Concept: Association football
There is growing concern around the effects of concussion and sub-concussive impacts in sport. Routine game-play in soccer involves intentional and repeated head impacts through ball heading. Although heading is frequently cited as a risk to brain health, little data exist regarding the consequences of this activity. This study aims to assess the immediate outcomes of routine football heading using direct and sensitive measures of brain function.
Recurrent hamstring injuries are a major problem in sports such as football. The aim of this paper was to use a clinical example to describe a treatment strategy for the management of recurrent hamstring injuries and examine the evidence for each intervention. A professional footballer sustained five hamstring injuries in a relatively short period of time. The injury was managed successfully with a seven-point programme-biomechanical assessment and correction, neurodynamics, core stability, eccentric strengthening, an overload running programme, injection therapies and stretching/relaxation. The evidence for each of these treatment options is reviewed. It is impossible to be definite about which aspects of the programme contributed to a successful outcome. Only limited evidence is available in most cases; therefore, decisions regarding the use of different treatment modalities must be made by using a combination of clinical experience and research evidence.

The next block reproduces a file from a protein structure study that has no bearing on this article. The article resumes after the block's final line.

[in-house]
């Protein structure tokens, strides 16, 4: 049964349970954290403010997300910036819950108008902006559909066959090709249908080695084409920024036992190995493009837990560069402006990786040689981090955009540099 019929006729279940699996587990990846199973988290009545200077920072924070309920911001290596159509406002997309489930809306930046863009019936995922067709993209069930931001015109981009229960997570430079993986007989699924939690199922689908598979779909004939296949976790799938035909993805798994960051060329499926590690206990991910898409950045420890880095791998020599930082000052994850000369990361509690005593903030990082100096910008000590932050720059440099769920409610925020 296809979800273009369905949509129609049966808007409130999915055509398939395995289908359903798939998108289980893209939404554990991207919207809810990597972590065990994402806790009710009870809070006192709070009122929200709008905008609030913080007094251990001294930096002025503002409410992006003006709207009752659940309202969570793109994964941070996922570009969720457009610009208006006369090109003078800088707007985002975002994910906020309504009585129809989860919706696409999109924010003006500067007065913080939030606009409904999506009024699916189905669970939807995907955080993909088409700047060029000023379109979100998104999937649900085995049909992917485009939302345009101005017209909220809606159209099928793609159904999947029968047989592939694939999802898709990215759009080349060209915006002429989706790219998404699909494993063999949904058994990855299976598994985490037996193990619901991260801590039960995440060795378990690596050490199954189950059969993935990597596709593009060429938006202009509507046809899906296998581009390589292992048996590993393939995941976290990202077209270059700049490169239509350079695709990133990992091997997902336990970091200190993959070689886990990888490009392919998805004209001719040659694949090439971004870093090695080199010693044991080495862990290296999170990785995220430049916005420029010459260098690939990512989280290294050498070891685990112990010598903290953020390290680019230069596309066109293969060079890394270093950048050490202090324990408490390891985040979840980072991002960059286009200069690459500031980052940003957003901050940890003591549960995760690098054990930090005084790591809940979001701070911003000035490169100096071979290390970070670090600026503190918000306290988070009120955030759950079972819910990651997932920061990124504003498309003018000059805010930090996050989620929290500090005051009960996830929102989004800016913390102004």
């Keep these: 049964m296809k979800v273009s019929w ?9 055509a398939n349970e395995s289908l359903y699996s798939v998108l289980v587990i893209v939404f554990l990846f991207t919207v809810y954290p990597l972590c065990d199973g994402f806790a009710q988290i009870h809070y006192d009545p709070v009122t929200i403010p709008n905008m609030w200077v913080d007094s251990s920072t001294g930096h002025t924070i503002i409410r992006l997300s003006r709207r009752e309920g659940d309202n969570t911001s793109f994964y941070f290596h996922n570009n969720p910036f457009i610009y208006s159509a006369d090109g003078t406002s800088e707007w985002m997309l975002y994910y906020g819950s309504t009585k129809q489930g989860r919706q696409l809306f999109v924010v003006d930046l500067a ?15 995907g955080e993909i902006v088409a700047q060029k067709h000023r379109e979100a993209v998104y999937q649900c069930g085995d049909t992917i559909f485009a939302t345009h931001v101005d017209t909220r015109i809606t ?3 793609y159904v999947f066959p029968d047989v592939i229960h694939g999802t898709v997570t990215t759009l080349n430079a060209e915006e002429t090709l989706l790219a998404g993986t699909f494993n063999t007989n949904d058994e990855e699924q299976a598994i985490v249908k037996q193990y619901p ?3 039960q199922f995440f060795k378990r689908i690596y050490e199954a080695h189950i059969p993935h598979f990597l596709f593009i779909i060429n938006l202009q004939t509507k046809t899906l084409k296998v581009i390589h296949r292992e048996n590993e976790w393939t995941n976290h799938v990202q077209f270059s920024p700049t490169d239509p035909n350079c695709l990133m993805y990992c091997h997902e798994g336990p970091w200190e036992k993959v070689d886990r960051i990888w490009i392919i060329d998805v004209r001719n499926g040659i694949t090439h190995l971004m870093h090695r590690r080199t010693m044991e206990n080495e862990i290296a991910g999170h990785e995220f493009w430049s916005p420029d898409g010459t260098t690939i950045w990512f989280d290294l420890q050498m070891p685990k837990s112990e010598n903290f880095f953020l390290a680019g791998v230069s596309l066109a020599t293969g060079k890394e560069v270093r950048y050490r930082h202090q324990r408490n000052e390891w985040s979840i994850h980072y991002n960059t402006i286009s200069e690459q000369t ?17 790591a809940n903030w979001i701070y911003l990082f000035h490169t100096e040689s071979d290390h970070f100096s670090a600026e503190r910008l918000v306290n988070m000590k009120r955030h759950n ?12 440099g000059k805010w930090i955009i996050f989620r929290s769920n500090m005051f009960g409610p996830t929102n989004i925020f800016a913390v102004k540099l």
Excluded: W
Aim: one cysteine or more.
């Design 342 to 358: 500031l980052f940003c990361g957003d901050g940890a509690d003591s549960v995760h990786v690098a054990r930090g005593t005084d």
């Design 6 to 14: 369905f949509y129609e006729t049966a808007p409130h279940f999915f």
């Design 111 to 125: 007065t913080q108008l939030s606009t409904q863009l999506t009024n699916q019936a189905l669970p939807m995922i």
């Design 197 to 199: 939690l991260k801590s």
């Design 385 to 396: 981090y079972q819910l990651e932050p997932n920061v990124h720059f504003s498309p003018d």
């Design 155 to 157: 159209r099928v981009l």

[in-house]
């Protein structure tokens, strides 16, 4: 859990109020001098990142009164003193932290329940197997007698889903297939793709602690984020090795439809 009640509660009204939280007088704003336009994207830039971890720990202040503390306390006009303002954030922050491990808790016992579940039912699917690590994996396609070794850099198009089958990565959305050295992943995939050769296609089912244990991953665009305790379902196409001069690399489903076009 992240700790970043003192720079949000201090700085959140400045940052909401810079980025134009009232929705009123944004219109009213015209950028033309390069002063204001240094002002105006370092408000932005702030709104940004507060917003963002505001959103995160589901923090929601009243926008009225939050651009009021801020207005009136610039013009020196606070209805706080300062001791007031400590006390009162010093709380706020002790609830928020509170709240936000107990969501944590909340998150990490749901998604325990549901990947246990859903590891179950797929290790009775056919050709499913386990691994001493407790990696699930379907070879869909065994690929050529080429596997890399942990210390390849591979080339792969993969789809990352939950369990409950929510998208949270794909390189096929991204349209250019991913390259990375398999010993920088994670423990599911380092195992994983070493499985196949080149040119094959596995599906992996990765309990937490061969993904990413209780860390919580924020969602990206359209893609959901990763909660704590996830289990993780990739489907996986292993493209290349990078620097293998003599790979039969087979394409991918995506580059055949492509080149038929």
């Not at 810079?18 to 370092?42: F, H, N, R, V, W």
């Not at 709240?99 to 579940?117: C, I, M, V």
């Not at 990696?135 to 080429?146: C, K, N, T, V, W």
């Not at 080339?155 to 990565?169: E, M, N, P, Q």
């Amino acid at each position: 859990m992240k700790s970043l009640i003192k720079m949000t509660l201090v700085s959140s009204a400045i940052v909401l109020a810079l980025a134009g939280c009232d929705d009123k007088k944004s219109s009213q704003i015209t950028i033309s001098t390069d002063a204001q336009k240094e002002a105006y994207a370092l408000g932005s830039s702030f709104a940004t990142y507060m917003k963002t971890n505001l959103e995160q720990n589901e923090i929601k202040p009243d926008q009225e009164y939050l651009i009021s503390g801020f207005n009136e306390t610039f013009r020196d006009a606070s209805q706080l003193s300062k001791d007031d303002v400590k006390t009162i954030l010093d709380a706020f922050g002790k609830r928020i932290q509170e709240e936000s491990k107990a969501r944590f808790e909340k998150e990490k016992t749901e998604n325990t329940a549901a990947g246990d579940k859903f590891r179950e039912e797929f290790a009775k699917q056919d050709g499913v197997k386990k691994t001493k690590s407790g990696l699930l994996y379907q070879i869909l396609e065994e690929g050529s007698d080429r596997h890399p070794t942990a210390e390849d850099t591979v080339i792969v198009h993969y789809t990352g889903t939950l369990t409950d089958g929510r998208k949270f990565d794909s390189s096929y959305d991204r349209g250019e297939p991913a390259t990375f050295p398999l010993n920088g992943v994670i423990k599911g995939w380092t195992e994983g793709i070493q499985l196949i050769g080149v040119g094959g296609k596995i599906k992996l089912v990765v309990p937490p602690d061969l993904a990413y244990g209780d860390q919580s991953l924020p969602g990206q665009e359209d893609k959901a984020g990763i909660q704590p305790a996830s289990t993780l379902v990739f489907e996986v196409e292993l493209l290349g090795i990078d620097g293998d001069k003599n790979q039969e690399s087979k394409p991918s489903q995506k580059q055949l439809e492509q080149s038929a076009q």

Soccer balls are typically constructed from 32 pentagonal and hexagonal panels. Recently, however, newer balls named Cafusa, Teamgeist 2, and Jabulani were respectively produced from 32, 14, and 8 panels with shapes and designs dramatically different from those of conventional balls. The newest type of ball, named Brazuca, was produced from six panels and will be used in the 2014 FIFA World Cup in Brazil. There have, however, been few studies on the aerodynamic properties of balls constructed from different numbers and shapes of panels. Hence, we used wind tunnel tests and a kick-robot to examine the relationship between the panel shape and orientation of modern soccer balls and their aerodynamic and flight characteristics. We observed a correlation between the wind tunnel test results and the actual ball trajectories, and also clarified how the panel characteristics affected the flight of the ball, which enabled prediction of the trajectory.
Does adding a post-training Fédération Internationale de Football Association (FIFA) 11+ exercise program to the pre-training FIFA 11+ injury prevention program reduce injury rates among male amateur soccer players?